Mystic Heart Odyssey
Part 6: In the Shadows of Kryckwood
How does one win a duel with a powerful undead warrior, anyway?
Lykou grunted as he fell to the ground, then immediately rolled over and picked himself back up just in time to narrowly avoid being stabbed in the shoulder. He frantically scrambled away as the revenant unleashed a chaotic flurry of attacks that he immediately had to try to block and parry as he anxiously backed away. He just barely managed to activate his bracers in time for one of the attacks to slip through and make a modest cut in his arm. Luckily, the wound quickly began healing once his fur had gone woody.
Still, before he had a chance to recover, he was being quickly backed towards a wall and had to bolt off to the side to avoid being pinned. He nearly tripped on an old club laying near the edge of the courtyard, but managed to catch himself in time to keep from falling. Still, he couldn’t even hope to counter-attack due to the revenant’s vicious, continuous assault. Ever since the fight began, he’d been struggling just to defend himself.
Most of the ghouls the previous day had been tough, resilient, and strong, but a bit clumsy and occasionally even sluggish at times. Elzhan did not have those drawbacks. He was fighting with all the ferocity of a highly trained warrior without any of the limitations of a living being. He didn’t need to breath, he easily recovered from each attack, he didn’t feel pain, and his strength relied on will and focus, rather than muscle power. He was a terrifyingly effective fighter- more than any other Lykou had faced by far.
But the konuul was determined not to give up. He quickly dashed away from the undead menace and hurried across the courtyard, then jumped across the box containing the axe. Elzhan was hot on his trail- just as he’d hoped. So when the animated corpse jumped after him, he quickly spun around with a sweeping kick to knock him aside. His foot landed with a satisfying crunch and sent the comparatively very light-weight body flying off course by several feet.
Unfortunately, the revenant recovered almost immediately, and managed to land a glancing hit on the konuul’s leg before his foot even came back down from the kick. Lykou yelped and winced as he backpedaled away from his opponent. Again, he found himself having to deflect and block a series of stabs and swings that came dangerously close to landing in various vital areas. His mind was racing as he tried to think of some way to disable him, but it was very difficult to do so while so much of his attention was on trying to defend himself.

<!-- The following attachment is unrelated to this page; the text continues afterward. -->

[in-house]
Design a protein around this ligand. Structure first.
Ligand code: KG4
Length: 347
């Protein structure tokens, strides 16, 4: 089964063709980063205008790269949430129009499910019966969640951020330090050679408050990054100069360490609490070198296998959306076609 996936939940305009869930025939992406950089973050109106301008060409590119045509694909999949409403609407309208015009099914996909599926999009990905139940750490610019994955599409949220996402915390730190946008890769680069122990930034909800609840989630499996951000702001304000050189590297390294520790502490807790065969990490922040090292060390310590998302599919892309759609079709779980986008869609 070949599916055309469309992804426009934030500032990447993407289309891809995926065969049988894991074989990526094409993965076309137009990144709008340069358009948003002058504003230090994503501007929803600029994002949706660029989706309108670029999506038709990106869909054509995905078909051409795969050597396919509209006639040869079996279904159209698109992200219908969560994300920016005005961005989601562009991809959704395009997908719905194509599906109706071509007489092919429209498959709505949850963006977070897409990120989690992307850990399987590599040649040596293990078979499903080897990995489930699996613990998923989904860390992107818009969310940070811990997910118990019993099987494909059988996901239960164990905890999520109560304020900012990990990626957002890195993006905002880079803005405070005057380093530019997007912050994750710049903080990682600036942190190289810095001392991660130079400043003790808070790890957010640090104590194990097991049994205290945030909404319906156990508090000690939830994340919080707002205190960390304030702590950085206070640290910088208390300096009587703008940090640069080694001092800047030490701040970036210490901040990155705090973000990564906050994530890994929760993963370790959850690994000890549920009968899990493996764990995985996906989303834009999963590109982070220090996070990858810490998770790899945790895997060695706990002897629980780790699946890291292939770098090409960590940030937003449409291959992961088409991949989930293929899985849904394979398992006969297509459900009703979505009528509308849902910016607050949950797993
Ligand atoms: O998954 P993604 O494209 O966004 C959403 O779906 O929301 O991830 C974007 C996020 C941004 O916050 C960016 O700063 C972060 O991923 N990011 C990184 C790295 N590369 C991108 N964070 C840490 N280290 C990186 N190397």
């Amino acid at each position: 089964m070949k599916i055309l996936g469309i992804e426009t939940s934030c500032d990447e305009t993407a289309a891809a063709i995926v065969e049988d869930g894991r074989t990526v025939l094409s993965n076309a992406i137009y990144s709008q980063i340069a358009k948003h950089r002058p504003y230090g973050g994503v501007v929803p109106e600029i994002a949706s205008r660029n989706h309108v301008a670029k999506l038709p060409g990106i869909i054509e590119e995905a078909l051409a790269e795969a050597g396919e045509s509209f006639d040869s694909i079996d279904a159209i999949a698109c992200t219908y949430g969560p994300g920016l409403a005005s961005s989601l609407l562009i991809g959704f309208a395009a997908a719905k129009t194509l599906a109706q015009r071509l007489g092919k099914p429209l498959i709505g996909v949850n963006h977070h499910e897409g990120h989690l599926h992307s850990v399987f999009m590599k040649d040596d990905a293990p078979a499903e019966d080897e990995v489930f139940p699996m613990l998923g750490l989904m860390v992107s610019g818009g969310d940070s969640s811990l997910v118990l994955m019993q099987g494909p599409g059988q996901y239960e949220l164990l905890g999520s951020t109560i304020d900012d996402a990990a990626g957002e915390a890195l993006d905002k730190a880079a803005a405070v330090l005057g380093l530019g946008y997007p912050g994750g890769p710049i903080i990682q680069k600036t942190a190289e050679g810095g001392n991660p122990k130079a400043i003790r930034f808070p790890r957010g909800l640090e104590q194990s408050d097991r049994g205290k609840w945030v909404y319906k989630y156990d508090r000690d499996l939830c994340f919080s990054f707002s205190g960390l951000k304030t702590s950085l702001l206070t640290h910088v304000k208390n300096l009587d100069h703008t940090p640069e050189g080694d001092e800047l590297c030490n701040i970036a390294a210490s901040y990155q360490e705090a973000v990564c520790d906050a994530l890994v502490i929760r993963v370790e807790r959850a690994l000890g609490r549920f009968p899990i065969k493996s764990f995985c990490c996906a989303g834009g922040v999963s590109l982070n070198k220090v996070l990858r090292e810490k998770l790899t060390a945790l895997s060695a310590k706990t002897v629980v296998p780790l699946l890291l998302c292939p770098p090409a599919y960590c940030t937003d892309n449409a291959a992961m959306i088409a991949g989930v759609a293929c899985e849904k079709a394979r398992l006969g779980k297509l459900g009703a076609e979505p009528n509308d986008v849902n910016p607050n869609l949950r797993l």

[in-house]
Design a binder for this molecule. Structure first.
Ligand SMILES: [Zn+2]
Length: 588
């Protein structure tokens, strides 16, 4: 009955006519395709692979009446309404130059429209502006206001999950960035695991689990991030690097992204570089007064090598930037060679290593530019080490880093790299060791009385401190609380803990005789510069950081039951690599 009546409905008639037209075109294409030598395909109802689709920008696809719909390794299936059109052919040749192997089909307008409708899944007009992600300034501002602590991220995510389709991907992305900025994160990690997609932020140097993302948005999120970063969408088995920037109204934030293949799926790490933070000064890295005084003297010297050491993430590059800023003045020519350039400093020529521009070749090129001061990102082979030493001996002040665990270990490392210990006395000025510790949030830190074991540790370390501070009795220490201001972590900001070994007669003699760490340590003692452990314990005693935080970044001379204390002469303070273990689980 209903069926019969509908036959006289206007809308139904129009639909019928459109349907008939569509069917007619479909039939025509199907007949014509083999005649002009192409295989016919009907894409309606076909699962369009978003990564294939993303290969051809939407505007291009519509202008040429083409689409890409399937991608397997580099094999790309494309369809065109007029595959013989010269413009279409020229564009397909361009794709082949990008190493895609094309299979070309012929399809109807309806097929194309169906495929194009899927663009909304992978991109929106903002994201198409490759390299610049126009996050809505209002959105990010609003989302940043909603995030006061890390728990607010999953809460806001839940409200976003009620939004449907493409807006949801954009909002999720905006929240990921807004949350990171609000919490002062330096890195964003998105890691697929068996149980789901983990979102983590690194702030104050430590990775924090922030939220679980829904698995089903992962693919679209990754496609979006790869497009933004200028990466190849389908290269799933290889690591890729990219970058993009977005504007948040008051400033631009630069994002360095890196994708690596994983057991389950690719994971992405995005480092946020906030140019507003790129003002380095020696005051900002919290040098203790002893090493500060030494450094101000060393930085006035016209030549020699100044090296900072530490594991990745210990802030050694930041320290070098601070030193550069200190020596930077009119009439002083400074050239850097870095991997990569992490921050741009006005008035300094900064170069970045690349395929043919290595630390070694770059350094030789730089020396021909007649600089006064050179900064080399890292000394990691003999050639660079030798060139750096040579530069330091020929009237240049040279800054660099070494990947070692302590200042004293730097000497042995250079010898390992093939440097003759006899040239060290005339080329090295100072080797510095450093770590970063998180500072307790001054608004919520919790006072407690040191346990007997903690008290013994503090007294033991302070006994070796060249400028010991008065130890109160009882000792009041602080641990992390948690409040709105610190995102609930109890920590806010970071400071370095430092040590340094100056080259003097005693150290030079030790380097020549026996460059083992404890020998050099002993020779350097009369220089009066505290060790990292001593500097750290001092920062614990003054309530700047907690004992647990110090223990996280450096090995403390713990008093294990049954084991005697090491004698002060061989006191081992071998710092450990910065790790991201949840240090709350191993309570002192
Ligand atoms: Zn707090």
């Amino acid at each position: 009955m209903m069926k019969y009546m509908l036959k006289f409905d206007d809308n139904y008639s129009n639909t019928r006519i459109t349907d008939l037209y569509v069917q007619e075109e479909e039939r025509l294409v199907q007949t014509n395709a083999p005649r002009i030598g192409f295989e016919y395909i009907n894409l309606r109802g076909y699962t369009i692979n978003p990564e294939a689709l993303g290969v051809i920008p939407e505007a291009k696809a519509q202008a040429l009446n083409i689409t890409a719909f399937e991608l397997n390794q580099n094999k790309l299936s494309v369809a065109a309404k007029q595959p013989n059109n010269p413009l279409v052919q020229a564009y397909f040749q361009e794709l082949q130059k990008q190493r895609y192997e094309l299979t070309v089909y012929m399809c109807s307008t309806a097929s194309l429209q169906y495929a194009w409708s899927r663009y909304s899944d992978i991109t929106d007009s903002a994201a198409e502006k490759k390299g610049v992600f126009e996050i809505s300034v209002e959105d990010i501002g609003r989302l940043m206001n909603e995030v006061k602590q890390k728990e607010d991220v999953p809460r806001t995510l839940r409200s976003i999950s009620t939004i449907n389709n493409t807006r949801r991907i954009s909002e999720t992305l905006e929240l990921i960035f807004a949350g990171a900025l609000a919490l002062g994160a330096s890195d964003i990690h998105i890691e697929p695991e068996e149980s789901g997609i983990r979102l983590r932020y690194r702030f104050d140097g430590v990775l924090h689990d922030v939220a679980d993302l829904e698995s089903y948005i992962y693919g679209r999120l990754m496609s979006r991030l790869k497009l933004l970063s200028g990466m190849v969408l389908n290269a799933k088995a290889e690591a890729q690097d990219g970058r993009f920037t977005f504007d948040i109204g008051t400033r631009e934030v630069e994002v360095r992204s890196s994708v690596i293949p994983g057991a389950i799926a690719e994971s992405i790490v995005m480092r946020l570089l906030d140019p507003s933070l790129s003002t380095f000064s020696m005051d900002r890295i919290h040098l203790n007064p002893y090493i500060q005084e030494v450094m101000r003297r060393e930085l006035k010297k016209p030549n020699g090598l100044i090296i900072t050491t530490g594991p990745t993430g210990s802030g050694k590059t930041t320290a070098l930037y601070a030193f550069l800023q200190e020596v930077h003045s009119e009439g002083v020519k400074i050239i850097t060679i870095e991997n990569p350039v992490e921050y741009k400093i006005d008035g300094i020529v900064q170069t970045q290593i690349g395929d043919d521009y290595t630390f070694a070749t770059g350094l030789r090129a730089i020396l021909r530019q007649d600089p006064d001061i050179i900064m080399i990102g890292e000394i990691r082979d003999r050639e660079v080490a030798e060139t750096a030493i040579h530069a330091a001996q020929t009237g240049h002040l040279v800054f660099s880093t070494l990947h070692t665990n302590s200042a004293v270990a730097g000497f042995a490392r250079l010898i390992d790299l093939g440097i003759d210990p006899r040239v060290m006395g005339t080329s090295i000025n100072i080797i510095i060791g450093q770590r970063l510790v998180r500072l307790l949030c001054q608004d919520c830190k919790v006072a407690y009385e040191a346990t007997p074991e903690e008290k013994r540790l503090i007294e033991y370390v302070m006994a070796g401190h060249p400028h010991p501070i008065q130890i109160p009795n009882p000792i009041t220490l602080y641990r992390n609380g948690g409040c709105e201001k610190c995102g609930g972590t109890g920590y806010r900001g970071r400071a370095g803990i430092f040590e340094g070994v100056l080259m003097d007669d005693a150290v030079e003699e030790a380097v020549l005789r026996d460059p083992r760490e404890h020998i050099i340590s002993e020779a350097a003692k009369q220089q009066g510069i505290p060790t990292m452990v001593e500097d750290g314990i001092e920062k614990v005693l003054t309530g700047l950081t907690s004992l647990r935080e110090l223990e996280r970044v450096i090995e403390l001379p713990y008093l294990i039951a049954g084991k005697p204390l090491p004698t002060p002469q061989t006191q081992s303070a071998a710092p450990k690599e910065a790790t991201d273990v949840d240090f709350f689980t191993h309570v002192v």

Again, he pushed away as quickly as he could, barely keeping out of the revenant’s reach as he made his way over to one of the other stone caskets. He jumped over it and immediately spotted something he was glad to see- a net. He wasn’t about to question how it was in such good condition after all those years, and quickly grabbed it up. It probably had something to do with the strange magic that kept the rest of the ruins in decent shape anyway.
He knew better than to try and use it immediately. Instead, he quickly raised his sword to block and parry yet another series of attacks from his assailant, who’d just landed on top of the other casket, nearly pinning him into the alcove that contained it. Ducking and blocking as he went, he managed to squeeze past the revenant, though he ended up taking a few more cuts in his arm and shoulder along the way. When he’d made it back around to the other side of the casket, where he had the opportunity to bolt away again, he feinted to do so, only to immediately hurl the net at Elzhan when the undead warrior predictably lunged to chase after him. Knowing he’d quickly recover, Lykou focused on tangling up the revenant’s arm, then danced around the struggling corpse to pin it, and the sword it held, to his chest. They both struggled and strained against one another, slowly making their way back out into the courtyard. Despite Elzhan’s struggling, the konuul managed to keep him bound up tightly.
“Gotcha!” the canid declared with a grin. “I can hold you as long as I need to, so why don’t you just-”
“KOU, LOOK OUT!” Kuna cried out from the wall as he watched the fight anxiously.
Lykou turned just in time to see a second assailant lunge at him with a sword of its own. He quickly ducked out of the way, letting the blade hit his captive instead- not that it did any good. Under another avalanche of attacks, he began backing away and shoved the netted-up corpse at the new attacker. That gave him a brief moment to see what was going on. The casket they’d been previously battling around was open, and its occupant- now entirely skeletal in nature- had a pair of familiar soulfire flames dancing in its eyes, while the revenant’s own body had gone limp, its own eyes now dark, empty voids.
“Oh come on!” Lykou cried out as he continued backing away. The new skeletal attacker was quickly advancing on him after shoving the previous body aside. “That’s cheating!”
“I said we could both use whatever abilities or equipment we had,” Elzhan reminded him, before launching another series of attacks. “I warned you it wouldn’t be easy.”
Lykou gritted his teeth and scrambled backwards as he deflected several more swings. He nearly tripped on the spear the revenant had previously dropped before they started the fight. Out of desperation he quickly bent down and grabbed it with his other hand, then swung it around to try and trip the skeletal attacker. At first, Elzhan nimbly jumped over it. But after a couple more attempts and a few more cuts in the konuul’s arm and side, the spear finally managed to solidly connect with one of the skeleton’s legs and knock him off balance. The konuul quickly took advantage of the moment and dropped the spear, then pounced, pinning the armed hand down with one foot and repeatedly slamming the skull against the ground until it started to crack. The other skeletal hand frantically clawed at him even once the skull started to break apart under the repeated blows.